• 2 As appellant correctly points out the rule of strict liability is not only applied to manufacturers as in Suvada v. White Motor Co., 32 Ill.2d 612, 210 N.E.2d 182, but has also been applied to distributors (Dunham v. Vaughan Bushnell Mfg. Co., 86 Ill. App.2d 315, 229 N.E.2d 684), to retailers (Vandermark v. Ford Motor Co., 61 Cal.2d 256, 391 P.2d 168, 37 Cal.Rptr. 896), and to lessors (Galluccio v. Hertz Corp., 1 Ill. App.3d 272, 274 N.E.2d 178).

• 3 In order to resolve the issue we shall begin by examining the reasoning behind the application of strict liability in tort. As stated in Suvada, "* * * it seems obvious that public interest in human life and health, the invitations and solicitations to purchase the product and the justice of imposing the loss on the one creating the risk and reaping the profit are present and as compelling in cases involving motor vehicles and other products, where the defective condition makes them unreasonably dangerous to the user, as they are in food cases." (32 Ill.2d 612, 619.) It would be inconsistent with the reasoning for the rule to allow a dealer of gas to escape liability where a defect in a storage tank furnished by the dealer with the gas caused injury or damage. Such a conclusion is not entirely novel, for there is case law involving analogous situations.

In Pettella v. Corp Brothers Inc., 107 R.I. 599, 268 A.2d 699, the Supreme Court of Rhode Isalnd held a dealer in acetylene gas liable for breach of implied warranties where the defect existed in the tank and in spite of the fact that the court conceded that the tank itself was loaned, not sold, to plaintiff. The defendant's rejected contention was that the pertinent provisions of the Sales Act covered only those items actually bought and sold since the only sale was of the acetylene gas and not the cylinder in which it was contained, the warranty provisions of the statute were not applicable to a defect in the cylinder. The court, in holding that a sale of the container was not necessary for a warranty to exist, held it was sufficient to give the warranty if the cylinder was "supplied as part of the contract of sale."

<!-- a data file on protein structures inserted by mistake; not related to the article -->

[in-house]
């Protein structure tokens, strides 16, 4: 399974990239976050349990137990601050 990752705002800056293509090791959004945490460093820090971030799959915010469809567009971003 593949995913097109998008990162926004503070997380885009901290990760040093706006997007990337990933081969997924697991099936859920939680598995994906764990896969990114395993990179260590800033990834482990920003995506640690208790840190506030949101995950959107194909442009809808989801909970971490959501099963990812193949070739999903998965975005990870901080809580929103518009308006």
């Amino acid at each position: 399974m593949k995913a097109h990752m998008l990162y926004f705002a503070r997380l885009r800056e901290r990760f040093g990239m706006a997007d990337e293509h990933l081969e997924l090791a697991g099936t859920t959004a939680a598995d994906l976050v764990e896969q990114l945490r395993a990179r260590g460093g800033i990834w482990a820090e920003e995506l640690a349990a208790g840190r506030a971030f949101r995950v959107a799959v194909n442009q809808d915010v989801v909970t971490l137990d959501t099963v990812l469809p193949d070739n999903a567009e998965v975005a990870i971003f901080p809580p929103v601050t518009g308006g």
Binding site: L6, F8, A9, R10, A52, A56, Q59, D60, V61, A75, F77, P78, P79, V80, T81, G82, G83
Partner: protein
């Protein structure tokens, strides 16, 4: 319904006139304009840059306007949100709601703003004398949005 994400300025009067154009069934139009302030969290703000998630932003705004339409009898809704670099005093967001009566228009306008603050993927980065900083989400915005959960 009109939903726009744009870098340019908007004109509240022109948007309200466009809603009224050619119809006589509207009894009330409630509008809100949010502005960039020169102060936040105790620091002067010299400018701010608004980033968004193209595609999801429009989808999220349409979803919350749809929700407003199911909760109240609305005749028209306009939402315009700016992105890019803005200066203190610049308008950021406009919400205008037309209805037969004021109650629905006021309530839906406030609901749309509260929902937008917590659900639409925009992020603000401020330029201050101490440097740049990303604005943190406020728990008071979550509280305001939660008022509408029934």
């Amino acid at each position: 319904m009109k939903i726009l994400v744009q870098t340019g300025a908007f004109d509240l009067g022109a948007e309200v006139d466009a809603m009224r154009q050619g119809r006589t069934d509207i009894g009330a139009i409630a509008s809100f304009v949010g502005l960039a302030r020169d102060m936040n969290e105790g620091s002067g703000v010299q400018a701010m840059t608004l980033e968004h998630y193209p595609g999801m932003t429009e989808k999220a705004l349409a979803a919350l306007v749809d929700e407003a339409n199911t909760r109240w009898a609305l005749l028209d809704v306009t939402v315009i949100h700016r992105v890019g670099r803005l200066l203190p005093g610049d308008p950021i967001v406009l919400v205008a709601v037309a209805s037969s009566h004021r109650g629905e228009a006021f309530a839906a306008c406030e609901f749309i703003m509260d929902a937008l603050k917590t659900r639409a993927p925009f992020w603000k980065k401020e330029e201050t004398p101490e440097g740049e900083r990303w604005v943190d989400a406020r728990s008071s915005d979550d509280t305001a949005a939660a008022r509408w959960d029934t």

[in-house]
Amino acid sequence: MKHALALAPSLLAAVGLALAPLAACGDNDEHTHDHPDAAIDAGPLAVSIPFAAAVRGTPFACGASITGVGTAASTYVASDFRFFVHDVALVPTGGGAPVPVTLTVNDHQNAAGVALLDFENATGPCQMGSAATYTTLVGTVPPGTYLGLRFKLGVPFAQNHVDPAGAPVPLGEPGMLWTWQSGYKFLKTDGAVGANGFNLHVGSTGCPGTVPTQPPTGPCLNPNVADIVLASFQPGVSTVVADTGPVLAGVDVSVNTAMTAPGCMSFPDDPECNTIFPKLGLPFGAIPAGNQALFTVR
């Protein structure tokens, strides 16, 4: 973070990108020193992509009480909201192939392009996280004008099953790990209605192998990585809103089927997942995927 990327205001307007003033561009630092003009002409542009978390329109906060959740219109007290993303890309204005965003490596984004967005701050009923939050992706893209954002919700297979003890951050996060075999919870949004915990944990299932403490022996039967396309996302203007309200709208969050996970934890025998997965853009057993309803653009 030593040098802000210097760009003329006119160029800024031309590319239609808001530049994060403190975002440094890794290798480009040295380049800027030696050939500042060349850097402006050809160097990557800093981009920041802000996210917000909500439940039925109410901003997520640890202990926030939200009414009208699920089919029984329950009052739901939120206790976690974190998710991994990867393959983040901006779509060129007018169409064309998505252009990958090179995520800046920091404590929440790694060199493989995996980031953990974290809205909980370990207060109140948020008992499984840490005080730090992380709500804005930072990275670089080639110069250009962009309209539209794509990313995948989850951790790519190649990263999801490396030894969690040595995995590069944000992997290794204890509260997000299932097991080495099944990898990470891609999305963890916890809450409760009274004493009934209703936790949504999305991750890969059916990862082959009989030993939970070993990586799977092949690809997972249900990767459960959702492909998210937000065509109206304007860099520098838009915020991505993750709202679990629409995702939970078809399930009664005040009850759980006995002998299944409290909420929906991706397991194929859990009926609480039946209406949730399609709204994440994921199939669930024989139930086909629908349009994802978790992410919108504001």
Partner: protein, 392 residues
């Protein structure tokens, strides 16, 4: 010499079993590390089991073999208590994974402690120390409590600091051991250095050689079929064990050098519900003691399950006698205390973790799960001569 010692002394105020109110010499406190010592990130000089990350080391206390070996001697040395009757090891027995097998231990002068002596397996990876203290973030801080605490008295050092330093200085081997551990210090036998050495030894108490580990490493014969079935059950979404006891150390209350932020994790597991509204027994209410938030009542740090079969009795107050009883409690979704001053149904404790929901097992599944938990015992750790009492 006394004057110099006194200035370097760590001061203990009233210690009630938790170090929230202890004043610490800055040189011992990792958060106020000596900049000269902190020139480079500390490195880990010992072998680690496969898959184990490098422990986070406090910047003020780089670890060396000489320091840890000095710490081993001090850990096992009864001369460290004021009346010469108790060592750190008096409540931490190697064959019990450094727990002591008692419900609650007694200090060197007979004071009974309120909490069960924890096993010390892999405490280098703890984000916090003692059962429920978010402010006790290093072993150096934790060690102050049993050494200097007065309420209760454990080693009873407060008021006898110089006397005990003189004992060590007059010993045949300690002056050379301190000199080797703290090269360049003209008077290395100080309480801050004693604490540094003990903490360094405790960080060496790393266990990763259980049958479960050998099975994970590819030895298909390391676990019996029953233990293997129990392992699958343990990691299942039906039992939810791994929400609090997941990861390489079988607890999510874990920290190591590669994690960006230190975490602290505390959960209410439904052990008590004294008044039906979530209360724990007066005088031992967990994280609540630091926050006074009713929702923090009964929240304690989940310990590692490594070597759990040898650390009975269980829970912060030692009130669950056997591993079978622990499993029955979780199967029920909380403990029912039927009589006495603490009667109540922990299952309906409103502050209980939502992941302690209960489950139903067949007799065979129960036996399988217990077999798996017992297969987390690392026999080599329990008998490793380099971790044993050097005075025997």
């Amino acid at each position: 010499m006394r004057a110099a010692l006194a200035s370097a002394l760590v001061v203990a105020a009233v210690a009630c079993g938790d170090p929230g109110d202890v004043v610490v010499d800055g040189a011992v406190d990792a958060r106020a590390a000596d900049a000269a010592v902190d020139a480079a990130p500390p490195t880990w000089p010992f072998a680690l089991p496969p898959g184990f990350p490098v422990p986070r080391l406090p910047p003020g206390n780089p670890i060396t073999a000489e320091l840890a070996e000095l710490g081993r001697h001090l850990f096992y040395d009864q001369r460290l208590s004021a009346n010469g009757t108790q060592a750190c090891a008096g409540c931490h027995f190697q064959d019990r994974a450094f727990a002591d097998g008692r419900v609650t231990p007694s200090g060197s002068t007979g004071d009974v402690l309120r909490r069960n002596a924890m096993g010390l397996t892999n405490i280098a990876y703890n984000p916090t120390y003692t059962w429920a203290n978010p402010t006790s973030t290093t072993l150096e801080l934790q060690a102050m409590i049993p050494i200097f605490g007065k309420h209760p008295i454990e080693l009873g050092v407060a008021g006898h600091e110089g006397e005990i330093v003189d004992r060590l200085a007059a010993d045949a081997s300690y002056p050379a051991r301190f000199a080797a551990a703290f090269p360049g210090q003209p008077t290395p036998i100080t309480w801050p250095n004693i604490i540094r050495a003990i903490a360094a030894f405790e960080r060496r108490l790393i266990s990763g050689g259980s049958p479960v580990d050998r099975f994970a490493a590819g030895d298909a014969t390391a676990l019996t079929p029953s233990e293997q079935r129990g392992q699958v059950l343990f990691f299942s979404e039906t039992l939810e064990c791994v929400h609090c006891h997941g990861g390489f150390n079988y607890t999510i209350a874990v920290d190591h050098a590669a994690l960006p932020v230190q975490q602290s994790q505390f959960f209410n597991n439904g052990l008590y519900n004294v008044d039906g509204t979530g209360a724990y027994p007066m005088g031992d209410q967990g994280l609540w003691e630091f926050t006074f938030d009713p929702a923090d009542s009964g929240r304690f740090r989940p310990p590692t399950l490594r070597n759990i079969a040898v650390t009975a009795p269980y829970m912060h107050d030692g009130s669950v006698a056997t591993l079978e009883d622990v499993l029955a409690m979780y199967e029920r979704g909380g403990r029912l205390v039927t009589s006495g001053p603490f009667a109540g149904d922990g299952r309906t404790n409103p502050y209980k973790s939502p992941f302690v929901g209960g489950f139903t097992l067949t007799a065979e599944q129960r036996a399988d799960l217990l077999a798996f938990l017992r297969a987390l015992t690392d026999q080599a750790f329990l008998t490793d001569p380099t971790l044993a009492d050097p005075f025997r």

The Pettella court conceded there was support in some jurisdictions for the proposition that the statutory section applied only to that which is actually sold and not to the container in which the goods are sold, but cited two cases which in its opinion represented the sounder view. Vallis v. Canada Dry Ginger Ale, Inc., 190 Cal.App.2d 35, 11 Cal.Rptr. 823, and Hadley v. Hillcrest Dairy Inc., 341 Mass. 624, 171 N.E.2d 293.

• 4 Since it is undisputed that the tank was supplied by way of a loan to the plaintiff as a necessary incident of periodic sales of gas, we believe it is immaterial whether a formal lease, either oral or in writing, is entered into between the parties. In any event the furnishing of the tank by the defendant and the use thereof by the plaintiff was an incident of the sale of the gas, and the consideration for the sale included the use of the tank.

• 5 The principal reason advanced by the defendant and accepted by the court for the directed verdict was that previously discussed in this opinion. Not only do we hold that the evidence presents a theory of liability, but we also believe the evidence is sufficient to require that disputed facts and disputed inferences be resolved by the jury.

For the foregoing reasons the judgment of the circuit court of McDonough County is reversed and remanded with directions that ...